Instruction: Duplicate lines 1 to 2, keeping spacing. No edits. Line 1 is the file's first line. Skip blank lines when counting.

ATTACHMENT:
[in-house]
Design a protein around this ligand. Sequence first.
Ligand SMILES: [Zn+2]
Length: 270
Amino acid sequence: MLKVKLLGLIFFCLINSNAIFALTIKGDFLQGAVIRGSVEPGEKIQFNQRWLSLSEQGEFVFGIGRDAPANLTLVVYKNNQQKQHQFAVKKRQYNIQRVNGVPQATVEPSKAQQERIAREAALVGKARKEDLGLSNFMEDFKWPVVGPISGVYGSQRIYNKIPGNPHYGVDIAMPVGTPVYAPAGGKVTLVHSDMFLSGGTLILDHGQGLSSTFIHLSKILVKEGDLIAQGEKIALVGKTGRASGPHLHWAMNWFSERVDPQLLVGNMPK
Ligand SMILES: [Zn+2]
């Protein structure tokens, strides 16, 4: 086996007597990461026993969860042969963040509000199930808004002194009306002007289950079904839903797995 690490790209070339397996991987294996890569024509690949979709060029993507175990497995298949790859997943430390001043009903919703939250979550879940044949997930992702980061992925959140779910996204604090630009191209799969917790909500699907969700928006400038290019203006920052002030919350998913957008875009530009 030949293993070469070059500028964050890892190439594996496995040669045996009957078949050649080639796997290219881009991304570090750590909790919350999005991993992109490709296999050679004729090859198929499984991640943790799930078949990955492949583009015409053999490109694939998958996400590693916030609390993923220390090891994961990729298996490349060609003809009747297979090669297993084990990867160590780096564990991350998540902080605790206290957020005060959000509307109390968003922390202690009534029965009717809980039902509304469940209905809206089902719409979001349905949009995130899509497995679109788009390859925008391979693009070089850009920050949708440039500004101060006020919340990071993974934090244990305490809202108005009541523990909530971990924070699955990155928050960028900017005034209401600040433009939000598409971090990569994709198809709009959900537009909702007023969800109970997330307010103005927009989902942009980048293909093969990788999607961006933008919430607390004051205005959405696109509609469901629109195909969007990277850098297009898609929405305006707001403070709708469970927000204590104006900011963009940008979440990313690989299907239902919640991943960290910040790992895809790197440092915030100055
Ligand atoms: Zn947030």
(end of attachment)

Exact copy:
[in-house]
Design a protein around this ligand. Sequence first.